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Nissan boss says quality scandal 'undermined trust' as car maker cuts profit forecast

Alan Tovey
Nissan boss HirotoSaikawa bows in apology as he reveals the cost of the scandal at the company  - REUTERS

The scandal at Nissan that saw the company admit it had used uncertified staff to inspect vehicles will dent its annual profits by 40bn yen (£270m), it has admitted.

Posting interim results, Hiroto Saikawa, chief executive, said the problems with quality tests had "undermined trust” in the industrial giant, which had to stop work at six of its Japanese car plants and recall 1.2m cars as a result.

“I would like to express my apologies to customers, partners, dealers and all the people who have been supporting Nissan,” he said. “We promise to do our utmost to win back people's trust.”

Work at six Nissan factories Japan was halted as a result of the scandal Credit: Reuters

The troubles began last month when Nissan said it had discovered staff without the correct qualifications were carrying out quality checks on cars for the domestic market. A few weeks after revealing the problem, Nissan discovered the practice was still going in, and called a halt to production.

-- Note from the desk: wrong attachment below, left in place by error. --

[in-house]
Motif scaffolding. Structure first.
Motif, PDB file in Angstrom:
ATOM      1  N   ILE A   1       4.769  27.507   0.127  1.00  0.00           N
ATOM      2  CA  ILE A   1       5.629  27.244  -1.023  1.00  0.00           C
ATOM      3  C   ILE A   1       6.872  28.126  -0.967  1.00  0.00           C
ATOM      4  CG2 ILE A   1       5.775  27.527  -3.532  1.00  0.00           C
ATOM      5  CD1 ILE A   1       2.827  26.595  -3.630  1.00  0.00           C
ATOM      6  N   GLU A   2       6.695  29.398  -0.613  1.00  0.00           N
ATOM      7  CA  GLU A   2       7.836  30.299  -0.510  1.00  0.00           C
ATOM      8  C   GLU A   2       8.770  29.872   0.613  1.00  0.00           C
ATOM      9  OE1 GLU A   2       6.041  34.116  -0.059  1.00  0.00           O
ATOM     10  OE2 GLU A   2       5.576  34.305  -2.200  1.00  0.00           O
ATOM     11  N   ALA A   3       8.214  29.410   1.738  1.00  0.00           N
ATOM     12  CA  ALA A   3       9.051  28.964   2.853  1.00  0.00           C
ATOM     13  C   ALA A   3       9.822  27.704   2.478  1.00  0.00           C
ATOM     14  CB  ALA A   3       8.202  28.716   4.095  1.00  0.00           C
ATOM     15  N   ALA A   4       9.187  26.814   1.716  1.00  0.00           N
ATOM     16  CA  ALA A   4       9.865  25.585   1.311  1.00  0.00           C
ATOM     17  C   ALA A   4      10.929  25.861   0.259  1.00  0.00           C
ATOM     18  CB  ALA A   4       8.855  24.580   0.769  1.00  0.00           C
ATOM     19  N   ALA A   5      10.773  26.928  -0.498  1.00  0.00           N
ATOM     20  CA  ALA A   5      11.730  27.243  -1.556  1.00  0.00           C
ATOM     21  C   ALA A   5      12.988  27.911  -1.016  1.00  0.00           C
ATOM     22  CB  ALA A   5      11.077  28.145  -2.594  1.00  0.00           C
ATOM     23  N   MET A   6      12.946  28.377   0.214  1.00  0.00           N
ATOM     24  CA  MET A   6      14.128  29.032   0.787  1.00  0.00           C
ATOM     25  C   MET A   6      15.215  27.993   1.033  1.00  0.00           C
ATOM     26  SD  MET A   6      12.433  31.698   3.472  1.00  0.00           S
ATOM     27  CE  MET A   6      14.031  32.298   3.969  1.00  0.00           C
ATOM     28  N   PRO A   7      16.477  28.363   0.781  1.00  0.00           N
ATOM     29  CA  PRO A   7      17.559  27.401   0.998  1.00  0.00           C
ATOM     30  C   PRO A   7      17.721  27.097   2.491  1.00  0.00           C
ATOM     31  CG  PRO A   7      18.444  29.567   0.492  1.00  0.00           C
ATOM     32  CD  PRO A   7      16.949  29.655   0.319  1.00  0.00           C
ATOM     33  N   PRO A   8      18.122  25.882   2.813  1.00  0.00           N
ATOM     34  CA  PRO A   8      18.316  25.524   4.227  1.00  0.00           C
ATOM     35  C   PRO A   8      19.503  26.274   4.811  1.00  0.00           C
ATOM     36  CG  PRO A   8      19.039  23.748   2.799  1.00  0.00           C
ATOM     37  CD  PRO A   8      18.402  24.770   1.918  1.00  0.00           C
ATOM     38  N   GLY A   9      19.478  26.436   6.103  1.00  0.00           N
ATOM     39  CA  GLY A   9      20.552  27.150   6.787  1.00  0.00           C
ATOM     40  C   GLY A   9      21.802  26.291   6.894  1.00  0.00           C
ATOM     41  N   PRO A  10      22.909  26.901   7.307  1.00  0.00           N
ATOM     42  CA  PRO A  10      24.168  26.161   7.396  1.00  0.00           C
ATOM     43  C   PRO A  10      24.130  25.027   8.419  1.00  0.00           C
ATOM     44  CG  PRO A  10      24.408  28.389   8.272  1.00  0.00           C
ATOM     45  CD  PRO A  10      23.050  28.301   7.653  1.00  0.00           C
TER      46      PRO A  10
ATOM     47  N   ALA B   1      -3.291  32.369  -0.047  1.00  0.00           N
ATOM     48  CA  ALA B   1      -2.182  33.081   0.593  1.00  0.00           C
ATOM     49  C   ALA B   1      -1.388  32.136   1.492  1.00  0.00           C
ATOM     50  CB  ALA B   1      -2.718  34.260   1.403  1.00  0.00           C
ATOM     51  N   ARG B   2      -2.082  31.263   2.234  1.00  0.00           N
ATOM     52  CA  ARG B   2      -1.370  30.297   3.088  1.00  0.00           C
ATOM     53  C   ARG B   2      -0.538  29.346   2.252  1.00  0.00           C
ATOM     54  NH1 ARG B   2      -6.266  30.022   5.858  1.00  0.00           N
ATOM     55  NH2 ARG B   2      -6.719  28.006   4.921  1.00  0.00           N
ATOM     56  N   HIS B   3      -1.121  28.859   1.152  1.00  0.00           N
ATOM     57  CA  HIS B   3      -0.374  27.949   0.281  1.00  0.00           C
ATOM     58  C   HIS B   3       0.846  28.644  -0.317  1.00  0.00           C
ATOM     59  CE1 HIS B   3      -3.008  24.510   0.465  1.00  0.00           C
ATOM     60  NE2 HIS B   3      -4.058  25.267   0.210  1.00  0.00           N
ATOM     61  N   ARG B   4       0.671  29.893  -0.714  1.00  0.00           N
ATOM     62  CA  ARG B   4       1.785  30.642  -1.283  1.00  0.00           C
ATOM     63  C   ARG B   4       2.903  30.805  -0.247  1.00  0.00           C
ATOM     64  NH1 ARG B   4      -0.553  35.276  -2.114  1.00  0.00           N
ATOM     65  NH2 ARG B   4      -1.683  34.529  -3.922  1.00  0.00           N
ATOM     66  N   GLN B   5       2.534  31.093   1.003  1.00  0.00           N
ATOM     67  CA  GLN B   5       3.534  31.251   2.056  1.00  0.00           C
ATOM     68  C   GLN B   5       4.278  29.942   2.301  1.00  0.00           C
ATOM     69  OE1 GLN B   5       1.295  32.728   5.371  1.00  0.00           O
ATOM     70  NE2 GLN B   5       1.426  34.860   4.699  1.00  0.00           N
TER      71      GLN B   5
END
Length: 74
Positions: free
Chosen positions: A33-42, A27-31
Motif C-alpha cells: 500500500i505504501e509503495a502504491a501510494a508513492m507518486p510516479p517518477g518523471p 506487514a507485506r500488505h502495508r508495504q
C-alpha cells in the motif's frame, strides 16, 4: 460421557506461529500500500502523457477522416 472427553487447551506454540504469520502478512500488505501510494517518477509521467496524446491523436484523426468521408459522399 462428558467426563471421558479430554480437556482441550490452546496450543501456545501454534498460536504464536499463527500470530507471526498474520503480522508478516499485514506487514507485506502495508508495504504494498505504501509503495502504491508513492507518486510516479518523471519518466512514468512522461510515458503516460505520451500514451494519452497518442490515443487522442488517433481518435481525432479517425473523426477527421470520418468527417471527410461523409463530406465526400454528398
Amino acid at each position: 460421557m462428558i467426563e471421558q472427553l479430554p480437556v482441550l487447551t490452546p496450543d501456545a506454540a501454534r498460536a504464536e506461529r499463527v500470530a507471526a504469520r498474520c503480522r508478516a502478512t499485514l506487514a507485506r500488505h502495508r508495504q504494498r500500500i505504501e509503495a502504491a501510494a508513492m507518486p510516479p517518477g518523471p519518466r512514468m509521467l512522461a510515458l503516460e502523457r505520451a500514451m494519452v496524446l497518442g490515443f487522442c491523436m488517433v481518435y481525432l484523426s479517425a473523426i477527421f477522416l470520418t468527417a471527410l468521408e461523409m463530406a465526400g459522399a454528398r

The stoppage meant sales plunged 55pc and Mr Saikawa said Nissan was having hundreds of orders cancelled as a result of the scandal.

Mr Saikawa said the company would announce details of an internal probe into the inspection issue in the next few days.

Nissan will have to recall 1.2m cars as a consequence of the improper quality checks Credit: Reuters

The company reduced its full-year operating profit forecast from 685bn yen to 645bn yen as a consequence of the problems.

For the six months to the end of September, net profit slipped 2.1pc to 276.5bn yen and operating profit was 17pc lower at 281.8bn yen.

Revenue climbed 6.2pc to 5.65 trillion yen as global car sales rose 4.6pc to 2.73m vehicles, with the weakness of the yen boosting the company’s performance

Mr Saikawa took charge of Nissan - which is allied with France’s Renault - in February after Carlos Ghosn stepped down to focus on Mitsubishi, in which the alliance has a 34pc stake.

Mitsubishi has suffered a scandal itself, with revelations last year that it faked results on the fuel economy of its cars, claiming they performed much better than they actually did.

Nissan's troubles are just the latest in a long-running series of scandals to have rocked corporate Japan, which have included financial misreporting and faked guarantees over the standard of products.